As consumers and homeowners, most of us know how to shop. But are we really shopping the right way, with our health in mind? Often the first factors when purchasing anything for our home or lifestyle is the cost and the convenience. Unfortunately these two components have made for some very unhealthy products and normal purchases for us and our homes.
Manufacturers have tailored their products to meet our demands of inexpensive and convenient. Products made with man-made, synthetic materials and preservatives to ensure a long shelf life line our store aisles. Sometimes we are in such a rush that we don’t hesitate or think twice about what we’re buying.
But what if you had a knowledge and habit of shopping with health in mind? Some of those purchases that are automatic and thoughtless could migrate over to be a healthy purchase for your home and health with that same automatic, no-brainer mentality.
This will kick off a four-week series here at Healthy House on the Block to help teach homeowners and consumers just HOW to shop with the health of their home in mind. Just like our society has shifted in various ways to grocery shop and eat with our health in the forefront of our minds, the time has come to begin the same approach with our homes.
In this series we’ll cover home products, home furniture, cleaning solutions and home remodels. I’m so excited to share with you some of the simple ways you can shift your thinking and your shopping to aid the environment at home.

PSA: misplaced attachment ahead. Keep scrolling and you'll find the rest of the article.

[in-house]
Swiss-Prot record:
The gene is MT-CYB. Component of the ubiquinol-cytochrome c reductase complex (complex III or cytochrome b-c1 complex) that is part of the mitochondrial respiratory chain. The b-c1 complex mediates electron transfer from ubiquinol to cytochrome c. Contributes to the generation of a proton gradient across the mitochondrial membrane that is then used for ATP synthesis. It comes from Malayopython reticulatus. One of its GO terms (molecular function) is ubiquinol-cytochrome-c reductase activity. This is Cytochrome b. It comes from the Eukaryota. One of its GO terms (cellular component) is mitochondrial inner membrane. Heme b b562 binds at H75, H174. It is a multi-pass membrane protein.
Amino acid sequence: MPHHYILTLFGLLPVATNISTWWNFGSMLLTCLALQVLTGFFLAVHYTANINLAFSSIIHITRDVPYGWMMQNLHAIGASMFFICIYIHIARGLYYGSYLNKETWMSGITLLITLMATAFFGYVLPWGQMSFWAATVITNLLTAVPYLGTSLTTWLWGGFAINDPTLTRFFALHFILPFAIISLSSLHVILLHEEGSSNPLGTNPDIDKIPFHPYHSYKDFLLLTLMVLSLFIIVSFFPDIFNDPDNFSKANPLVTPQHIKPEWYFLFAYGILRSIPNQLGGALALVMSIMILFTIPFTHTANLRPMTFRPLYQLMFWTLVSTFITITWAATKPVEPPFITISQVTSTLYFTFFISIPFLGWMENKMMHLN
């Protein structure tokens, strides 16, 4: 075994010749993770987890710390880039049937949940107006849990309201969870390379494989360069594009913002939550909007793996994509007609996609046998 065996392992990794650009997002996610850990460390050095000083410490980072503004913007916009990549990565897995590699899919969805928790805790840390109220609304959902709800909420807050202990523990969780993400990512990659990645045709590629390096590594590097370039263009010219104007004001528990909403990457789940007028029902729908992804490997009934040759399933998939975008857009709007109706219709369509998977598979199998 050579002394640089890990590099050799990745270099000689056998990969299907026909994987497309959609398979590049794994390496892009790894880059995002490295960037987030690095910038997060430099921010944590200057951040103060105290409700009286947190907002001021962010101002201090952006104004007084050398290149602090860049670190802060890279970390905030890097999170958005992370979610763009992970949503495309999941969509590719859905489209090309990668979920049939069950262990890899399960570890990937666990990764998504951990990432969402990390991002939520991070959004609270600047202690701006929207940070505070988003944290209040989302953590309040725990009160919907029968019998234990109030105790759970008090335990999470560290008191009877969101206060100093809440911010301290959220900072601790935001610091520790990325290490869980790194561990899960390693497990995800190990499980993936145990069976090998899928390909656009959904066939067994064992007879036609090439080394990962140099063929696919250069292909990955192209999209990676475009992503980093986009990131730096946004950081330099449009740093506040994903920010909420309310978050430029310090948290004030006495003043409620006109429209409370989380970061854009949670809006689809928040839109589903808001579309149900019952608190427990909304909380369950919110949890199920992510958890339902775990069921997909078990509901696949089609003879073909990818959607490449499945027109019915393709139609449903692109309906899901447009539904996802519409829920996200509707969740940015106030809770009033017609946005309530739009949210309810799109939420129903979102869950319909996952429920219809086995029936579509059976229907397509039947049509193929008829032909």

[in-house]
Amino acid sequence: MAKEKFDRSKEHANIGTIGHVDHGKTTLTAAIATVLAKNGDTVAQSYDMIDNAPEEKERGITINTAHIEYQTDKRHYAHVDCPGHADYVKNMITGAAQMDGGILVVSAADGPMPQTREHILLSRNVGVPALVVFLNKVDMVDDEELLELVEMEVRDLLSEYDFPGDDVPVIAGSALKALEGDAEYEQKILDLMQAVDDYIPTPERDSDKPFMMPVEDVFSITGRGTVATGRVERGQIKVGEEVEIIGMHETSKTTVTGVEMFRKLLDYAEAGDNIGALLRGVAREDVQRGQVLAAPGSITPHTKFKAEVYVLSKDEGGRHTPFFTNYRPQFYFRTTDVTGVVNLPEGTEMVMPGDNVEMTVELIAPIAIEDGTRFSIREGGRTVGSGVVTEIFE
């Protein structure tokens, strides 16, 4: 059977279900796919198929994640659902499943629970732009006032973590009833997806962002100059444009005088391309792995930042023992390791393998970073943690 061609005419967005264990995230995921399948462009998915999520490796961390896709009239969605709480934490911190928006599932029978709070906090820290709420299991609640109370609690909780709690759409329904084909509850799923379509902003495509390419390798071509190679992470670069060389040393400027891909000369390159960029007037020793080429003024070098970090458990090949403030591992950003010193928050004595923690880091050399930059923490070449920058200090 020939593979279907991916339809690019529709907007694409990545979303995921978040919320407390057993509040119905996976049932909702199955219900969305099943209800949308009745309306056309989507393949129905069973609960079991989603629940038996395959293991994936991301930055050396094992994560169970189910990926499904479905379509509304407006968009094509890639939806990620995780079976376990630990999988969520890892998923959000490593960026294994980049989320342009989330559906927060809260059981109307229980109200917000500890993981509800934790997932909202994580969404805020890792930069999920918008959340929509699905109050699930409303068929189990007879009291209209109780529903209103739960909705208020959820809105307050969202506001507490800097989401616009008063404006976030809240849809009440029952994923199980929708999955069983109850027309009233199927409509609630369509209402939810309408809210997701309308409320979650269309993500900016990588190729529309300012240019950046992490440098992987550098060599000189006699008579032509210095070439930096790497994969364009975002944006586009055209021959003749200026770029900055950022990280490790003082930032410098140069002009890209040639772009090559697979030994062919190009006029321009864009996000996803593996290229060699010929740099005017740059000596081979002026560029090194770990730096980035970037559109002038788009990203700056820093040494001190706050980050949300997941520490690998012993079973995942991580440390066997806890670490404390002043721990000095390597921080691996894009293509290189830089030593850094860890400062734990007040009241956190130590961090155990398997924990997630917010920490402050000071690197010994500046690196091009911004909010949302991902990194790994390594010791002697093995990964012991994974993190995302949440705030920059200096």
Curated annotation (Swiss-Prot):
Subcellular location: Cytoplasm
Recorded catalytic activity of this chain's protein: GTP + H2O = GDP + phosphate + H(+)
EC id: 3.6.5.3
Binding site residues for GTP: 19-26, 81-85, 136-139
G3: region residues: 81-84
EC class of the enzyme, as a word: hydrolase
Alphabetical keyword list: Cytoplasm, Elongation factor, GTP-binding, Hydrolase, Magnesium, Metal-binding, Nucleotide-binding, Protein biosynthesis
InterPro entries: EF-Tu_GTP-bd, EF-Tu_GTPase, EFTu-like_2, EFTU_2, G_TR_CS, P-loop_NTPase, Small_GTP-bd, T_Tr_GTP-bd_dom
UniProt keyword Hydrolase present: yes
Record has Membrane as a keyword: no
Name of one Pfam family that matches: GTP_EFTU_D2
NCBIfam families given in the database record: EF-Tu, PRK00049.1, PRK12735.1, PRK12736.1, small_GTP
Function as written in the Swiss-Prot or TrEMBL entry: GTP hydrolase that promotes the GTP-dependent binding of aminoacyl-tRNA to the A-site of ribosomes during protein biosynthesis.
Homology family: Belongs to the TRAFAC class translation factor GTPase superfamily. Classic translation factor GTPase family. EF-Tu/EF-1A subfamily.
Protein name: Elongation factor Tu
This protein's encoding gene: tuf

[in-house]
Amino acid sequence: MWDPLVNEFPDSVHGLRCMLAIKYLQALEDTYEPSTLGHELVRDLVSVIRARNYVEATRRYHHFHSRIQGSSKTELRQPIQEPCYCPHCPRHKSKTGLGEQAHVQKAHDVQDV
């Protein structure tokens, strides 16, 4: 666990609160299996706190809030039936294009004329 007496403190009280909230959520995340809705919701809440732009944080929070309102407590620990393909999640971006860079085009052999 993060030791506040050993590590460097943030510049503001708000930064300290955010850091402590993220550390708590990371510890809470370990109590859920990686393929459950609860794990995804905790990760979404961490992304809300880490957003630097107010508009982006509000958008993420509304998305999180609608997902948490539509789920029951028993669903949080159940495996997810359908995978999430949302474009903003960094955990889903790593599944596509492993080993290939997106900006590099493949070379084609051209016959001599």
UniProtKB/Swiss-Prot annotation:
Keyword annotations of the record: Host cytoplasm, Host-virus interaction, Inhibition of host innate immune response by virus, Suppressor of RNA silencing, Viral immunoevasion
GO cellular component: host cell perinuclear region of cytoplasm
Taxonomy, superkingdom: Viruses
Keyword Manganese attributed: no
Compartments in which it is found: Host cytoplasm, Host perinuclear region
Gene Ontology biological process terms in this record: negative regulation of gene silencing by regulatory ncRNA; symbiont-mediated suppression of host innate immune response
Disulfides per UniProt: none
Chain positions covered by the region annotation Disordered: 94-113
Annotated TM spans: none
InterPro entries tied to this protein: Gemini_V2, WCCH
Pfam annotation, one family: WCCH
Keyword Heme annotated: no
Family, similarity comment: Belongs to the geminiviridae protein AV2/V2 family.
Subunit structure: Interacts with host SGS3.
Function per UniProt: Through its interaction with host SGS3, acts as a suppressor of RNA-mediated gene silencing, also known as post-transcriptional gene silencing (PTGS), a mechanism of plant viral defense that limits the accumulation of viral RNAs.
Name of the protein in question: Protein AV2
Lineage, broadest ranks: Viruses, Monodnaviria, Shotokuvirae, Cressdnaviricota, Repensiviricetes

I am one of those people who LOVES shopping for home products. Like I mean fun to me is walking up and down aisles at Ikea and HomeGoods and dreaming about just how amazing my house would look if I had the 999 products in their mock room. I’m not kidding when I say this. Have you ever looked at the sheer amount of items they have in these rooms? It’s insanity. First, I have kids, so most of it would end up broken or used as some sort of inventive toy. Second, when I needed a clean surface for functionality, where would I put all of these beautiful items? Could I even store these when they’re not in season? Probably not.
But still I love seeing these rooms and the detail and layers of textiles they use. It’s beautiful. Over the years I’ve changed my approach to purchasing home goods and products to really only purchase something that I’ve been wanting for a while. I also like to do a smidgen of research before I buy anything that’s a large purchase to see what typical pricing is and if there are any good places to get it online.